AG Barr Launches Plan to Help Missing, Murdered Native Americans

By Janita Kan
Janita Kan
Janita Kan
Janita Kan is a reporter based in New York covering the Justice Department, courts, and First Amendment.
November 24, 2019 Updated: November 25, 2019

Attorney General William Barr has launched a national plan to address the large numbers of missing and murdered Native Americans amid concerns about the disproportionately high levels of violence they face.

Barr unveiled the Justice Department’s (DOJ) strategy called The Missing and Murdered Indigenous Persons (MMIP) Initiative during a visit with tribal leaders and law enforcement officials at the Flathead Reservation in Montana on Friday, Nov. 22. The Flathead Reservation is home to the Confederated Salish and Kootenai Tribes (CSKT).

He said the initiative will “strengthen the federal, state, and tribal law enforcement response” to high rates of violence faced by American Indian and Alaska Native people.

“American Indian and Alaska Native people suffer from unacceptable and disproportionately high levels of violence, which can have lasting impacts on families and communities,” Barr said in a statement. “Too many of these families have experienced the loss of loved ones who went missing or were murdered.”

He highlighted how Native American women face particularly high rates of violence, with at least half suffering sexual or intimate-partner violence in their lifetime. According to a 2016 study funded by the National Institute of Justice, more than 1.5 million Native American women have experienced violence in their lifetime. Meanwhile, the study also found that more than 1.4 million Native American men have experienced violence in their lifetime.

The initiative will invest $1.5 million to place MMIP coordinators in 11 U.S. Attorney’s offices across the country to develop standard protocols and procedures for responding to reports of missing or murdered Native Americans. The states are Alaska, Arizona, Montana, Oklahoma, Michigan, Utah, Nevada, Minnesota, Oregon, New Mexico, and Washington state, the DOJ said. The Montana MMIP coordinator has already started his position.

The strategy will also deploy specialized FBI teams to provide expertise in areas such as child abduction cases or to analyze digital evidence and social media accounts. The DOJ also said it would perform an in-depth analysis of federal databases and analyze data collection practices that could help improve ways to collect missing person data.

“There are many issues we’d like to discuss, including one that is particularly important, the Missing and Murdered Indigenous Persons efforts. Knowing that Attorney General Barr is working to secure the safety of our people brings us comfort in the face of a challenging issue,” said CSKT Chairman Ronald Trahan in the statement.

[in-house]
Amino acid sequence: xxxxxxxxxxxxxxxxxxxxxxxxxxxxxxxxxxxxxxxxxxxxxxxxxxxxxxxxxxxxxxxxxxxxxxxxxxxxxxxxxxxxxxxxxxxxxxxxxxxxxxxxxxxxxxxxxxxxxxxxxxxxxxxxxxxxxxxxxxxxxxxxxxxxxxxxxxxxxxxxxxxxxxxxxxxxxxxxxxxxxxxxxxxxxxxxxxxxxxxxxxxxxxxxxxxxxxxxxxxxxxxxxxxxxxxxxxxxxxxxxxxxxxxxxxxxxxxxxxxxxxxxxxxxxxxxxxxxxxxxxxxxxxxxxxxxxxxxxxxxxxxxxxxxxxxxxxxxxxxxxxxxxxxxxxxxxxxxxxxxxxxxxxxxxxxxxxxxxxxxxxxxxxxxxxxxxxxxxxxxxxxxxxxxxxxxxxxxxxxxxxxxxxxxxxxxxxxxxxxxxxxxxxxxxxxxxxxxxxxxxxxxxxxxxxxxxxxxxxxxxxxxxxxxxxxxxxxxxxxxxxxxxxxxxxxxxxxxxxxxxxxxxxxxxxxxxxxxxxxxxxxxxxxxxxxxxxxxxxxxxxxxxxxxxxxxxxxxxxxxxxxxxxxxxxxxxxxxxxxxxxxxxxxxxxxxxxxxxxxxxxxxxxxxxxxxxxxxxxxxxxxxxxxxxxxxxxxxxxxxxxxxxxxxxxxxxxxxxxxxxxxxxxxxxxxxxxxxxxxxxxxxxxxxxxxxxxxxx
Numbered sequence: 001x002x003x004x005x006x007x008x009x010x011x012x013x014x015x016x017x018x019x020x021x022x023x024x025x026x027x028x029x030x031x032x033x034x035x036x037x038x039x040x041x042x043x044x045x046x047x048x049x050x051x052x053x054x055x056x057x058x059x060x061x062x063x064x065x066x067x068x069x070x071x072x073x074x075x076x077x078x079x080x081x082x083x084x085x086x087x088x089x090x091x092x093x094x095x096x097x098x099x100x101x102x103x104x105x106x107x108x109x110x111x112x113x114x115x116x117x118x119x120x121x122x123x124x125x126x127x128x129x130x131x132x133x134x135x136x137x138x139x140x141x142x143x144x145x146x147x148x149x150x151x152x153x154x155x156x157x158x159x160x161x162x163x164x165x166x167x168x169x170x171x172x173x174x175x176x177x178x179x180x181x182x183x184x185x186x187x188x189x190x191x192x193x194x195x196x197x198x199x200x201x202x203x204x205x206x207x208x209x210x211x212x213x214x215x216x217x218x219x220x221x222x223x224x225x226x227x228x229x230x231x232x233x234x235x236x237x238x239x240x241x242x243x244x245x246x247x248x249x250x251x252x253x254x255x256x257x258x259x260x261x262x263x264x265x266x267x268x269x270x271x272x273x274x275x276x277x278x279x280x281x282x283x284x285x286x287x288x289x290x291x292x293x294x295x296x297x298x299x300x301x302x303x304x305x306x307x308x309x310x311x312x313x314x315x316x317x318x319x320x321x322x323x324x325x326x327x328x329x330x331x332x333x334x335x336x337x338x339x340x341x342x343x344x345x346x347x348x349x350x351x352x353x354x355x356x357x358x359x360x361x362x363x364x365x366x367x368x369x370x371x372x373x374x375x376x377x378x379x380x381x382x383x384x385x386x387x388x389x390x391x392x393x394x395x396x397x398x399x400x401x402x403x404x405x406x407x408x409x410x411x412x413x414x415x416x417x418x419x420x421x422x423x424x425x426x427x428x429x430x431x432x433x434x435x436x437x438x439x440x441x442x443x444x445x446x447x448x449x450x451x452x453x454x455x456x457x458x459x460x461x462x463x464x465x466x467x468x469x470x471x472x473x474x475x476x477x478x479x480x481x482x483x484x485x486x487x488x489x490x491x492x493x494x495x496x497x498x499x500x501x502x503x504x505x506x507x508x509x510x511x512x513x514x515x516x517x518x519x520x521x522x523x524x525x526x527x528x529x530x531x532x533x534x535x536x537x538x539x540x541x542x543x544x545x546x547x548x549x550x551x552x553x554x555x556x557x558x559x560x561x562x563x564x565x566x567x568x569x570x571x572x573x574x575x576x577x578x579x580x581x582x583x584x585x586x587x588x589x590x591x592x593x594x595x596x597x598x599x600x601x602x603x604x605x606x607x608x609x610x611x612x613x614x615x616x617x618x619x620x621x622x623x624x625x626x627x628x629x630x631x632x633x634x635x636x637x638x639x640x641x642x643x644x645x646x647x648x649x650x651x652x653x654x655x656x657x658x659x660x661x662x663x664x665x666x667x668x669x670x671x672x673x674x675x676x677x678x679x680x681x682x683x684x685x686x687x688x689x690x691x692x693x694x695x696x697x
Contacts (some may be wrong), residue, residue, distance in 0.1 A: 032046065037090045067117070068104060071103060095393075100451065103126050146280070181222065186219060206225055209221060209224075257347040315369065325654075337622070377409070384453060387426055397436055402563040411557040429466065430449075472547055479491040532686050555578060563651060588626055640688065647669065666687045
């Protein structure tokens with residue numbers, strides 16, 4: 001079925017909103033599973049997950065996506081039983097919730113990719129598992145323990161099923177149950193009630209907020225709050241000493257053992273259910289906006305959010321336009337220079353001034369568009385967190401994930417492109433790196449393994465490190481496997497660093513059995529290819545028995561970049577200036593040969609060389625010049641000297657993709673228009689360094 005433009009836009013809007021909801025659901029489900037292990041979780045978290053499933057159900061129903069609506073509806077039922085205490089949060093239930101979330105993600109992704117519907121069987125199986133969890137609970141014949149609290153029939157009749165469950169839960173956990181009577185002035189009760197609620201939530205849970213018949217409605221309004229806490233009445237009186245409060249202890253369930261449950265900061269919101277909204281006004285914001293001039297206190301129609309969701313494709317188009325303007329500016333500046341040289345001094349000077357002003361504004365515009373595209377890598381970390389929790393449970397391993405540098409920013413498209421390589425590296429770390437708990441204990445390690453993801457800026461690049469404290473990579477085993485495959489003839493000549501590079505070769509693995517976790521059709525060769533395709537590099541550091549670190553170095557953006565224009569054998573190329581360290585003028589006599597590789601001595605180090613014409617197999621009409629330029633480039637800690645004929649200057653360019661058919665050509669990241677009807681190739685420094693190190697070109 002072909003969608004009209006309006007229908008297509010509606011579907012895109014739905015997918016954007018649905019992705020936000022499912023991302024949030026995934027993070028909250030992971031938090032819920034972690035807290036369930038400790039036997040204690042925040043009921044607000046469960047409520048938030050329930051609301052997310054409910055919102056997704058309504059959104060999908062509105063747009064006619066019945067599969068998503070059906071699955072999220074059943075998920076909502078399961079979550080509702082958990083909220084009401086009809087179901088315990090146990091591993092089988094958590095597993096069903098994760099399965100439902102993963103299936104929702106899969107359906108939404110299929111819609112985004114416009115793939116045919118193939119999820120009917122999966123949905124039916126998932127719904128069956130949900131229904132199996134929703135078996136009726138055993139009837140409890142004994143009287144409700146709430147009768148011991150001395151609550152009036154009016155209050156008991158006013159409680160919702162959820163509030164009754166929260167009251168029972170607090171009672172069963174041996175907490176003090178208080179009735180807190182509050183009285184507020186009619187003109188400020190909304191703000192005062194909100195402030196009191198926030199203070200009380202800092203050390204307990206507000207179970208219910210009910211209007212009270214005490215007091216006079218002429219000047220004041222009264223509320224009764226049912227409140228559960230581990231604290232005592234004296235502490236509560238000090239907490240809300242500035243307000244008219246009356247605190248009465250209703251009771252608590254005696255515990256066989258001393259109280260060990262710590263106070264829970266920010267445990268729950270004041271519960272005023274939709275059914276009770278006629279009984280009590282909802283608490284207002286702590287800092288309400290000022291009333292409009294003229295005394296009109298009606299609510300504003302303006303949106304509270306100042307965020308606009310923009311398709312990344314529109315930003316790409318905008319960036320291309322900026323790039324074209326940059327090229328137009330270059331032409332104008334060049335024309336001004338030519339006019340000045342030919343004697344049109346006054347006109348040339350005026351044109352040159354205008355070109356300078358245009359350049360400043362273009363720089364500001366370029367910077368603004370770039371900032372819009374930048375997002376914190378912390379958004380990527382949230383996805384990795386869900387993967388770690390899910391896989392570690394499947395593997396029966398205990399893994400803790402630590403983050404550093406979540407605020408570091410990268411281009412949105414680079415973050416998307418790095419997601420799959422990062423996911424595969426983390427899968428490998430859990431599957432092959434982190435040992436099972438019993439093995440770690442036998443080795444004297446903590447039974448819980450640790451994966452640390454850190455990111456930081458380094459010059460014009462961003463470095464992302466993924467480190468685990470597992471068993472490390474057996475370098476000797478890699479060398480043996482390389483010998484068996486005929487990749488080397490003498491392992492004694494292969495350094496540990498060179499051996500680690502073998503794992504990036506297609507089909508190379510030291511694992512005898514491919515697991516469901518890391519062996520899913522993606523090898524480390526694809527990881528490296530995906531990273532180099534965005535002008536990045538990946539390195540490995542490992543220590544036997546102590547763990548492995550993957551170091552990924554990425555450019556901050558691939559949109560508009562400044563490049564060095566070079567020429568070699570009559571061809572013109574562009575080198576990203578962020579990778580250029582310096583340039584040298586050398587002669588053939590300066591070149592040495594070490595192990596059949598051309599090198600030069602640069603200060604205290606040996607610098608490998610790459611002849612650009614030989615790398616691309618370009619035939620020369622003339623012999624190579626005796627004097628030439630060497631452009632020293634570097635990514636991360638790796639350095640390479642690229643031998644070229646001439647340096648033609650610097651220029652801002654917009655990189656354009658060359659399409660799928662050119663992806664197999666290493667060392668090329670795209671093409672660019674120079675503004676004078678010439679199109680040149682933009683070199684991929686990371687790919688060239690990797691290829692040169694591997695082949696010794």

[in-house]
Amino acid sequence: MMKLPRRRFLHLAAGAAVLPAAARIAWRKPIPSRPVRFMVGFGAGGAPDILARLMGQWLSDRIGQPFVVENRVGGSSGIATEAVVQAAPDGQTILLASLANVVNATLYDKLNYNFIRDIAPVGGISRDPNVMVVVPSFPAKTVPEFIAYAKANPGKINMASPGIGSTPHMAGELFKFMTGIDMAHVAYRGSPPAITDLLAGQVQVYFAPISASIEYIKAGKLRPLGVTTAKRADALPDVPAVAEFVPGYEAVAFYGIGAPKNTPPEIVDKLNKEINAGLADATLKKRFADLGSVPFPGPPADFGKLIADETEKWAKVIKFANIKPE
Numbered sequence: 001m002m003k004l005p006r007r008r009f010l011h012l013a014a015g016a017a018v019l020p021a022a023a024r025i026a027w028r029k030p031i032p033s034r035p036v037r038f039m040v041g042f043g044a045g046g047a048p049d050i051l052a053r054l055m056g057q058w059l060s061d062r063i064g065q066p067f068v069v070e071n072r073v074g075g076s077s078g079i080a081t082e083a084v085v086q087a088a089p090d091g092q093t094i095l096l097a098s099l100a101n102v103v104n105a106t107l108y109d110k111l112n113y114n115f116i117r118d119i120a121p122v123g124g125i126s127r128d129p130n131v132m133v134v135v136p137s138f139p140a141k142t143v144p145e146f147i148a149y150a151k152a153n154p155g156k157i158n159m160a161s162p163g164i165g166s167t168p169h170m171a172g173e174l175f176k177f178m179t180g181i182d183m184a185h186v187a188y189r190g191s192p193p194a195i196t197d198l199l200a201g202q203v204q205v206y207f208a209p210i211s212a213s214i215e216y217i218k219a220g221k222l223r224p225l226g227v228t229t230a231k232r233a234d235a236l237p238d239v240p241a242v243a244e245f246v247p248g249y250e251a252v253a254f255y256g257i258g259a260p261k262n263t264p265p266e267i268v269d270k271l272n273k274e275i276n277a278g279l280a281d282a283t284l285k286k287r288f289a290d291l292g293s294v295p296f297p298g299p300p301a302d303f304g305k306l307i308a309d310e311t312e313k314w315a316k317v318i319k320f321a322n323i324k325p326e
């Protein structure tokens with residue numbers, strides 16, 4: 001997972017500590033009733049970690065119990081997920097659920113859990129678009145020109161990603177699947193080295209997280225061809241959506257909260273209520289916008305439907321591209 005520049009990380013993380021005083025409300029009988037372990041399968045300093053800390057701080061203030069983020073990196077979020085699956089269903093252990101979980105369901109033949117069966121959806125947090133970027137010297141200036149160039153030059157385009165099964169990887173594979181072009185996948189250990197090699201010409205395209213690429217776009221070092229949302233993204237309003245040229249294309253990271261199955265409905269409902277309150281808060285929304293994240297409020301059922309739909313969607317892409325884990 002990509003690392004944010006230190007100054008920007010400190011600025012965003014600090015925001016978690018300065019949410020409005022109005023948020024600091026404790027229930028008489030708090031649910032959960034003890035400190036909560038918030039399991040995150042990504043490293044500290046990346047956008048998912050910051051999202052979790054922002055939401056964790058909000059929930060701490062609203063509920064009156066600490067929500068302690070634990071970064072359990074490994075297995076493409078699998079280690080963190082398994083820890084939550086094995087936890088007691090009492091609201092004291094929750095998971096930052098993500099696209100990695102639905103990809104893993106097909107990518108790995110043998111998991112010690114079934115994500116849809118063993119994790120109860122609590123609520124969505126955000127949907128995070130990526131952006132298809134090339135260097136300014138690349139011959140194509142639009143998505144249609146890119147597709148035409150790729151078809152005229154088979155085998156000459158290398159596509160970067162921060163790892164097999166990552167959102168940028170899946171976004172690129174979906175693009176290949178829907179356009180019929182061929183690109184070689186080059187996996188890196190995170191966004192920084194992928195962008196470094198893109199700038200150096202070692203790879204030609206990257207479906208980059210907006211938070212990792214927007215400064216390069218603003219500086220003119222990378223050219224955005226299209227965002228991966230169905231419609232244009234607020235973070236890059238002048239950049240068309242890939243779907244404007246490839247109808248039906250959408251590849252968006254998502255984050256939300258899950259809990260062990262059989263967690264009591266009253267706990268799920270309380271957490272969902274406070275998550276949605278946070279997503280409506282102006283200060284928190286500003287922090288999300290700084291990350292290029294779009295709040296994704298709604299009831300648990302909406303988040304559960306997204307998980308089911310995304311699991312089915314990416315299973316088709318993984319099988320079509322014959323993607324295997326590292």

While speaking to tribal council members on Friday, Barr said the initiative was not “a panacea” but a step in the right direction, adding that more work needs to be done in cooperation. He indicated that he had informed President Donald Trump about the initiative, which calls for some of the same things already in legislation pending in Congress.

Epoch Times Photo
Attorney General William Barr speaks at a Confederated Salish and Kootenai Tribes council meeting, on the Flathead Reservation in Pablo, Mont. Sitting with Barr are Tracy Toulou (R), director of the Justice Department’s Office of Tribal Justice, and Kurt Alme, U.S. Attorney for the District of Montana, on Nov. 22, 2019. (Patrick Semansky/AP)

Barr also said he spoke to tribal leaders about how a surge in methamphetamine use may be influencing violence in Indian Country.

Meanwhile, tribal members welcomed the extra resources and commitment to the issue but questioned how far the money will go, given how widespread the problem is.

“This is stuff we’ve been advocating for, it’s just funding a slice of it,” said Amber Crotty, a lawmaker on the Navajo Nation.

Crotty pointed out that the hiring of 11 coordinators assigned to federal prosecutor offices nationally as outlined by Barr could have limited value on the Navajo Nation, which is part of three separate U.S. attorney jurisdictions in Arizona, New Mexico, and Utah.

She said tribes are looking to the federal government to fund advocates who can greet families of victims, relay information from law enforcement, and provide training. She said tribal communities have resorted to organizing their own search parties and posting fliers in communities and on social media when someone goes missing because they sometimes get little or no response from law enforcement.

The Urban Indian Health Institute found, citing statistics from the National Crime Information Center, that there were 5,712 reports of missing American Indian and Alaska Native women and girls in 2016 while only 116 cases were logged in the DOJ’s federal missing person database, according to a February report.

The Associated Press contributed to this report.

Janita Kan
Janita Kan
Janita Kan is a reporter based in New York covering the Justice Department, courts, and First Amendment.